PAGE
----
Ted Botha

In his most unusual, fascinating book, Ted Botha, a prominent journalist, has written the true story of Frank Bender, a self-taught artist who has solved nine murders and helped find numerous criminals through his mystical talent for sculpting faces on skulls.

Don't let that scare you off. This is good stuff, meticulously researched and written with flair.

The key theme Botha develops is the mystery of the killing of 400 young women in the Mexican border town of Juarez, beginning in 1993. Those who have studied the cases call it feminicidios. When Mexican authorities asked for help from the United States, they sent Frank Bender, who carefully reconstructed the faces of the unidentified murder victims.

Bender used both accepted forensic techniques and intuition to breathe life — and even some personality — into these formerly fleshless busts. It was both scary and frustrating for him to work amid a culture of corruption and violence, but he pressed on. In spite of threats on his life, he produced eight busts with faces he believed looked like the women he had never seen.

He felt drawn to one skull especially, the one he called "The Girl With the Crooked Nose."

"Working on a case like this keeps you scrambling," said Botha during a phone interview from his home in New York City.

"I didn't know the difference between a pathologist and an anthropologist. I was a babe in the water, not a big forensics person. Thank God, Frank's wife, Jan, kept everything he did over the years in files and videos. I had to wade through it all. Some cases went nowhere or had no resolution."

He remembered one gory case concerned a body exhumed from a Pennsylvania field on a very rainy day. "What I wrote in the book pretty much followed the account Frank gave, either in person or on CDs. I knew quickly that I wanted to focus on Mexico. I was pretty sure that one little guy from Philadelphia was not going to find a solution to 400 murders. In Frank's opinion, the authorities were pursuing the matter just for show," Botha said.

Because Mexican law has been undergoing some reform, these cases were given a higher profile, Botha said. "But it was especially difficult because Frank didn't know either the system or the language. I kind of liked the fact that he had been unable to resolve these cases. It said a lot that the society sat back and just let it happen."

As a person, Botha found Bender "artless, not highly educated, but his instincts were spot on. He never became a professional. What he did shows that the average guy might have a really good nose for solving a crime. He was also very brave to have done it."

Botha was sure that Bender was excited about his doing the book, because on many levels he wanted the story told. "There is so much sculpting that people do individually with no praise at all," Botha said.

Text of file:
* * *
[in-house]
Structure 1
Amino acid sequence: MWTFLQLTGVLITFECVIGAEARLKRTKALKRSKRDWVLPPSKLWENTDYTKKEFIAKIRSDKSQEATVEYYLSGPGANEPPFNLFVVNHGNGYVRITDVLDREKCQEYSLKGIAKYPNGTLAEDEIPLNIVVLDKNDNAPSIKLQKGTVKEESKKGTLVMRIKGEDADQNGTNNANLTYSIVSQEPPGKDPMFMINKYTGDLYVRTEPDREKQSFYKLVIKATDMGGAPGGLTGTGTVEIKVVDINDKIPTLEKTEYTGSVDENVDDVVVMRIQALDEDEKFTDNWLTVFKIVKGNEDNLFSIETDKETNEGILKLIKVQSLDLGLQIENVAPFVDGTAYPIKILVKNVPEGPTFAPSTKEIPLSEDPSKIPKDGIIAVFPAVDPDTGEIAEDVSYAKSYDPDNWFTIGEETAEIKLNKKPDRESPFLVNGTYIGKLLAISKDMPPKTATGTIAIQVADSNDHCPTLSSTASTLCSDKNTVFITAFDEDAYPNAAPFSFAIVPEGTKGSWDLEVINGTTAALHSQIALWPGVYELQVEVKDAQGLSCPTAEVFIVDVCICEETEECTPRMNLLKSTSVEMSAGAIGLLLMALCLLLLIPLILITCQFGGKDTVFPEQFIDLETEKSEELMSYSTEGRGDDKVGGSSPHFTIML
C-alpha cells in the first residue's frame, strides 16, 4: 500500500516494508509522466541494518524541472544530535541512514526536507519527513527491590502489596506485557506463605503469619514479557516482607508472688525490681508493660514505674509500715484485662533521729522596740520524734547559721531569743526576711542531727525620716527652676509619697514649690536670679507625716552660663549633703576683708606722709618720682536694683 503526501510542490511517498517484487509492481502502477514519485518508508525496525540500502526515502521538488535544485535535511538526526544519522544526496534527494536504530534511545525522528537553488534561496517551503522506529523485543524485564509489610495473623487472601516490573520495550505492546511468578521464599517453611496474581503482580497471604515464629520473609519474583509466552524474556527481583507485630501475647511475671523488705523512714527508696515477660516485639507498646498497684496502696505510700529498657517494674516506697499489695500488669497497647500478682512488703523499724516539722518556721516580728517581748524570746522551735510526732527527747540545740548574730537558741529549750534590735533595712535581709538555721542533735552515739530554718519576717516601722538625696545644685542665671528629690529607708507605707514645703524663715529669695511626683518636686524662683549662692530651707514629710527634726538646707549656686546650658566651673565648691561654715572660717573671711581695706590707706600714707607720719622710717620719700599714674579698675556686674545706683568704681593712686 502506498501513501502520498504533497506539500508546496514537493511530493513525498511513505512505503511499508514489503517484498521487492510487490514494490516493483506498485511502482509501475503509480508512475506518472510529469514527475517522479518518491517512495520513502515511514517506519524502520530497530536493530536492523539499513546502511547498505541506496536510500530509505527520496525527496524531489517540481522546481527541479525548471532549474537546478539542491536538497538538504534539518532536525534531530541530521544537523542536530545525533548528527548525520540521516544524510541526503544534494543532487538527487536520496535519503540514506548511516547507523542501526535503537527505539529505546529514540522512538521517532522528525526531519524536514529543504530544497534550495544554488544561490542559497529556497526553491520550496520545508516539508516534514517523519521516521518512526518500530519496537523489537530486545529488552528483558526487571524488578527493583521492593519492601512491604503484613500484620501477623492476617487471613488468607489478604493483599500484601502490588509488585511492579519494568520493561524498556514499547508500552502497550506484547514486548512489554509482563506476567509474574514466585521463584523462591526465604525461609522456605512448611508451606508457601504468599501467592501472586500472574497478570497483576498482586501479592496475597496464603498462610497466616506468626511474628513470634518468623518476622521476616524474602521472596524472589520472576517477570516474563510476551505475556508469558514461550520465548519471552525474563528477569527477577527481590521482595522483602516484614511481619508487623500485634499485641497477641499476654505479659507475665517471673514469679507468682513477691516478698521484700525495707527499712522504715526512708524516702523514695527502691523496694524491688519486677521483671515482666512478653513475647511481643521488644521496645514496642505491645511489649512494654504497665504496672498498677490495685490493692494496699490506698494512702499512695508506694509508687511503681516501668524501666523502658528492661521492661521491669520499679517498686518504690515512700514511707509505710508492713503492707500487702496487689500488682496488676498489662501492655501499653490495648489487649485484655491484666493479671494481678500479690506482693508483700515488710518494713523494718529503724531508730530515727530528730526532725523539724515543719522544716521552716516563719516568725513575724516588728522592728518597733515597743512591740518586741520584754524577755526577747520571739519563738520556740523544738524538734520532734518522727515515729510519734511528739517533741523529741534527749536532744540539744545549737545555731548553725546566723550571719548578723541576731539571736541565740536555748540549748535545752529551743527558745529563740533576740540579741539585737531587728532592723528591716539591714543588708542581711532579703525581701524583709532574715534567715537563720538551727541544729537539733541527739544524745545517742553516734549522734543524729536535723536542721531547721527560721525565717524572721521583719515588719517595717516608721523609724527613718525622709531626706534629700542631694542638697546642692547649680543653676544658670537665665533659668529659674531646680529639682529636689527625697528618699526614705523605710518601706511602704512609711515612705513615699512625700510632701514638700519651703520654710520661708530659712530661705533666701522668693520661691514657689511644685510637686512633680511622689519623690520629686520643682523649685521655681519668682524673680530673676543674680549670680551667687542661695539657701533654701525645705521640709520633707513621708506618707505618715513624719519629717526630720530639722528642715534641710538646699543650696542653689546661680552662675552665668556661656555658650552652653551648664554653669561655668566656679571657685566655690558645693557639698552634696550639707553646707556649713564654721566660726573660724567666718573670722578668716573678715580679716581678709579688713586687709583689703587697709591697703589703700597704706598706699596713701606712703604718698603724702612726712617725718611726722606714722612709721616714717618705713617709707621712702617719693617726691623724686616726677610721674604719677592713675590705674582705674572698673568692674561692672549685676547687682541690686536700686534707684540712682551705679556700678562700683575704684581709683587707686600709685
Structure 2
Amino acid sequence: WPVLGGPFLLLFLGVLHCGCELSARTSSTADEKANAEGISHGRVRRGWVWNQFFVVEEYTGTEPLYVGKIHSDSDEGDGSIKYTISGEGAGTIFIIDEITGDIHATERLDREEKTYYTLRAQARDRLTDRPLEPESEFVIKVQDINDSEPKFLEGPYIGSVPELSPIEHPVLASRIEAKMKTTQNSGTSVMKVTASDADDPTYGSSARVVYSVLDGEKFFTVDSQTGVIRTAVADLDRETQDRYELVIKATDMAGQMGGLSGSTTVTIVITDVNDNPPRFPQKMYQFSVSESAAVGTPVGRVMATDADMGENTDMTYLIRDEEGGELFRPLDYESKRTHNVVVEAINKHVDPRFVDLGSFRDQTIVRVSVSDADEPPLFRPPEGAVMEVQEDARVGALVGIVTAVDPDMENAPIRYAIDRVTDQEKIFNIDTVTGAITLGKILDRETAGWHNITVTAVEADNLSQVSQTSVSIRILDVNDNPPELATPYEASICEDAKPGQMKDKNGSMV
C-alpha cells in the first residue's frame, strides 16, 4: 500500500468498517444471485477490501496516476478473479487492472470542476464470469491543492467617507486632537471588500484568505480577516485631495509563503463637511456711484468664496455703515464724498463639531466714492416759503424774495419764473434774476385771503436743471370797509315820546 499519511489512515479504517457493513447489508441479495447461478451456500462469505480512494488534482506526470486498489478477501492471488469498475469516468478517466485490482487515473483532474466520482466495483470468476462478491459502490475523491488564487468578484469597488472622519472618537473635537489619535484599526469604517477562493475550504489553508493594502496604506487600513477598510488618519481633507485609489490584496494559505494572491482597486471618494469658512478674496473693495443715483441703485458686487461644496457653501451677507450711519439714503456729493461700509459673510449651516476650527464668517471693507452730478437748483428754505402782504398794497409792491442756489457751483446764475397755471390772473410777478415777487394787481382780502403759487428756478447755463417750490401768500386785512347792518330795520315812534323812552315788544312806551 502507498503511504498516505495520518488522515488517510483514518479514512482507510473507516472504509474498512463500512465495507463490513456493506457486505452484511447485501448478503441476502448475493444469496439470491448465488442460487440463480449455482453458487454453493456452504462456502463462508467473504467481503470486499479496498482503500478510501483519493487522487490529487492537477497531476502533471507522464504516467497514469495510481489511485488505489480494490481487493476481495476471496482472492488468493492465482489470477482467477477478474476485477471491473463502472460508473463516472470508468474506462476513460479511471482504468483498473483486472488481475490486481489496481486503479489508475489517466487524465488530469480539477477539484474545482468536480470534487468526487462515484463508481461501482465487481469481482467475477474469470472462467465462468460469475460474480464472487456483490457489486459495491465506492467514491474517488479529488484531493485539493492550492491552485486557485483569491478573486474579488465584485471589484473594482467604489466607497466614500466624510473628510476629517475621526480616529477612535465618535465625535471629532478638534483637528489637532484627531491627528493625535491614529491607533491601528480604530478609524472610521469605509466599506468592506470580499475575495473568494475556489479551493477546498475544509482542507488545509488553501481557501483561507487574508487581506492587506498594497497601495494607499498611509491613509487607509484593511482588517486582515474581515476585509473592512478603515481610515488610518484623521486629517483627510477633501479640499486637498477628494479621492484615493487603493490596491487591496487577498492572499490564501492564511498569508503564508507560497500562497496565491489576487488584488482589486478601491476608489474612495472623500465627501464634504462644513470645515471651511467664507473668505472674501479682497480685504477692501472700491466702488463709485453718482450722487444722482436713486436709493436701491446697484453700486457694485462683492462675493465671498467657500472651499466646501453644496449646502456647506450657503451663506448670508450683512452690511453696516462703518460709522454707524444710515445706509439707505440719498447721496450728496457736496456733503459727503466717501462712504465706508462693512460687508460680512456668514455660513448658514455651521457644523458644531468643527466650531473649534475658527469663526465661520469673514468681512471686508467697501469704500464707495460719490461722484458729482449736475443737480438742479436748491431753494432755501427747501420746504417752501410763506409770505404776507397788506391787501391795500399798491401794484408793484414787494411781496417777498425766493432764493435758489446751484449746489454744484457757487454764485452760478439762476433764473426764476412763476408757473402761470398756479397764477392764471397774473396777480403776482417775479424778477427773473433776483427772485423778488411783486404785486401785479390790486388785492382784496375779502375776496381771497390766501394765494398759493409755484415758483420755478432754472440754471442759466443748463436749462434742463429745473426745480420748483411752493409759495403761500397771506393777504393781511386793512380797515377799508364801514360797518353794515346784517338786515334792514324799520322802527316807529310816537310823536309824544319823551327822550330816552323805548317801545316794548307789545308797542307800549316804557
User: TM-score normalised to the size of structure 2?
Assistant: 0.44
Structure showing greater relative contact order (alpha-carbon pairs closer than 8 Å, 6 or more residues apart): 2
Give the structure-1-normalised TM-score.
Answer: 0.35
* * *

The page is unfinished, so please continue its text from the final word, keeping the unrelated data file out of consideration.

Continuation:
"When I finished the manuscript, he read it and said he loved it — but we had our moments. I'm a more disciplined kind of guy than he is. It was difficult to pin him down on several things. His mind jumps all over the place, especially when he was talking about his cases from 1979 to 1987. But I could see he had a lot of information, and overall, he is a very pleasant guy."

According to Botha, Bender continues to work as a forensic artist. "He doesn't have as many cases as he would like, but there are always murder victims."

Last year, Frank's wife developed cancer, which led to surgery and chemotherapy. "She was given six months to live. I wanted to dedicate the book to her. Then two months ago, she went back to the doctor and found the cancer had disappeared. Neither Frank nor Jan are practicing Christians, but she went into a Philadelphia church and felt a shiver go through her. Miraculously, she has lived to see the book."

Botha, who also wrote "The Devil in the White City," found the structure of this book to be difficult to build. "I had a nonfiction thriller in mind, something that read very fast. But when Frank got to the final part, he went by his feeling about how everything that fits on a face relates to everything else. It was one big unit."

Bender's artistic style is best described as "a man with hands like a butterfly. The faster he works, the better he thinks he does it. He doesn't really make a living at it, but neither he nor Jan seemed bothered by the gory nature of it. She grew up reading 'Dracula' and she was fascinated by autopsies."

Botha himself recalled having "strange dreams about skulls" while working on the project, making his sleep restless. "But Frank is a tough nut. He takes on a lot, but he is very resilient. In fact, he's obsessed. He works at it as if it were a passion."

Bender even tried to show "age progression" on the skulls he sculpted, "using baby steps. At first, he drew the faces, then he moved on to sculpting. It was sort of like a puzzle or a game with him. There was still a bit of the child in him. Even the affairs he always had with women were reminiscent of a naughty boy, a kid who never grew up, even though he's now 65. He really chose the crazy life of a detective."


E-mail: dennis@desnews.com